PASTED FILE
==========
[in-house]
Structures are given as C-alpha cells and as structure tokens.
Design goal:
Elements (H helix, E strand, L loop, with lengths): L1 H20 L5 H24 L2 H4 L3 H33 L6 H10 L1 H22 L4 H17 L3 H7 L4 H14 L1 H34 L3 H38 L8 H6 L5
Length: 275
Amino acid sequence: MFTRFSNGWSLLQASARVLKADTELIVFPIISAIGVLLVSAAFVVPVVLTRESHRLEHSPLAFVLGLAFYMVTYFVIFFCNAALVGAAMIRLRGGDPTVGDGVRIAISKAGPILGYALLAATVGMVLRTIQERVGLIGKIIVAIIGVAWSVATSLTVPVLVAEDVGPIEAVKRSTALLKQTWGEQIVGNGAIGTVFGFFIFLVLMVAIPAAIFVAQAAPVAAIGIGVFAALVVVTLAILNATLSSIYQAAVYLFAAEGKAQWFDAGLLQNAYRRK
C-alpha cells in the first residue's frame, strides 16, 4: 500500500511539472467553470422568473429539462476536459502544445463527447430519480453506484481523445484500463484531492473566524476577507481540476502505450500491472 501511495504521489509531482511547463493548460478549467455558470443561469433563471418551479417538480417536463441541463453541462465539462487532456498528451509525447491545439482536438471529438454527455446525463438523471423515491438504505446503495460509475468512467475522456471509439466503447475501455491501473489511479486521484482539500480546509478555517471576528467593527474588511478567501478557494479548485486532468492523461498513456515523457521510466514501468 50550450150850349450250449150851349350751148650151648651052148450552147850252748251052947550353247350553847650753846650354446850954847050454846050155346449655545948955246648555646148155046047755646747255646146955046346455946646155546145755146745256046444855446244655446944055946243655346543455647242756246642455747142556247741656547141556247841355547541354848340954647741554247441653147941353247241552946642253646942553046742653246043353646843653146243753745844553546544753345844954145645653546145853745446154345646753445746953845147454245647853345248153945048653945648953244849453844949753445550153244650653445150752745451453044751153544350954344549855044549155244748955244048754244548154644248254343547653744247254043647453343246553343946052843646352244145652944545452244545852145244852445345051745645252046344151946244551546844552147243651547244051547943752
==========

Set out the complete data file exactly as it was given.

[in-house]
Structures are given as C-alpha cells and as structure tokens.
Design goal:
Elements (H helix, E strand, L loop, with lengths): L1 H20 L5 H24 L2 H4 L3 H33 L6 H10 L1 H22 L4 H17 L3 H7 L4 H14 L1 H34 L3 H38 L8 H6 L5
Length: 275
Amino acid sequence: MFTRFSNGWSLLQASARVLKADTELIVFPIISAIGVLLVSAAFVVPVVLTRESHRLEHSPLAFVLGLAFYMVTYFVIFFCNAALVGAAMIRLRGGDPTVGDGVRIAISKAGPILGYALLAATVGMVLRTIQERVGLIGKIIVAIIGVAWSVATSLTVPVLVAEDVGPIEAVKRSTALLKQTWGEQIVGNGAIGTVFGFFIFLVLMVAIPAAIFVAQAAPVAAIGIGVFAALVVVTLAILNATLSSIYQAAVYLFAAEGKAQWFDAGLLQNAYRRK
C-alpha cells in the first residue's frame, strides 16, 4: 500500500511539472467553470422568473429539462476536459502544445463527447430519480453506484481523445484500463484531492473566524476577507481540476502505450500491472 501511495504521489509531482511547463493548460478549467455558470443561469433563471418551479417538480417536463441541463453541462465539462487532456498528451509525447491545439482536438471529438454527455446525463438523471423515491438504505446503495460509475468512467475522456471509439466503447475501455491501473489511479486521484482539500480546509478555517471576528467593527474588511478567501478557494479548485486532468492523461498513456515523457521510466514501468 50550450150850349450250449150851349350751148650151648651052148450552147850252748251052947550353247350553847650753846650354446850954847050454846050155346449655545948955246648555646148155046047755646747255646146955046346455946646155546145755146745256046444855446244655446944055946243655346543455647242756246642455747142556247741656547141556247841355547541354848340954647741554247441653147941353247241552946642253646942553046742653246043353646843653146243753745844553546544753345844954145645653546145853745446154345646753445746953845147454245647853345248153945048653945648953244849453844949753445550153244650653445150752745451453044751153544350954344549855044549155244748955244048754244548154644248254343547653744247254043647453343246553343946052843646352244145652944545452244545852145244852445345051745645252046344151946244551546844552147243651547244051547943752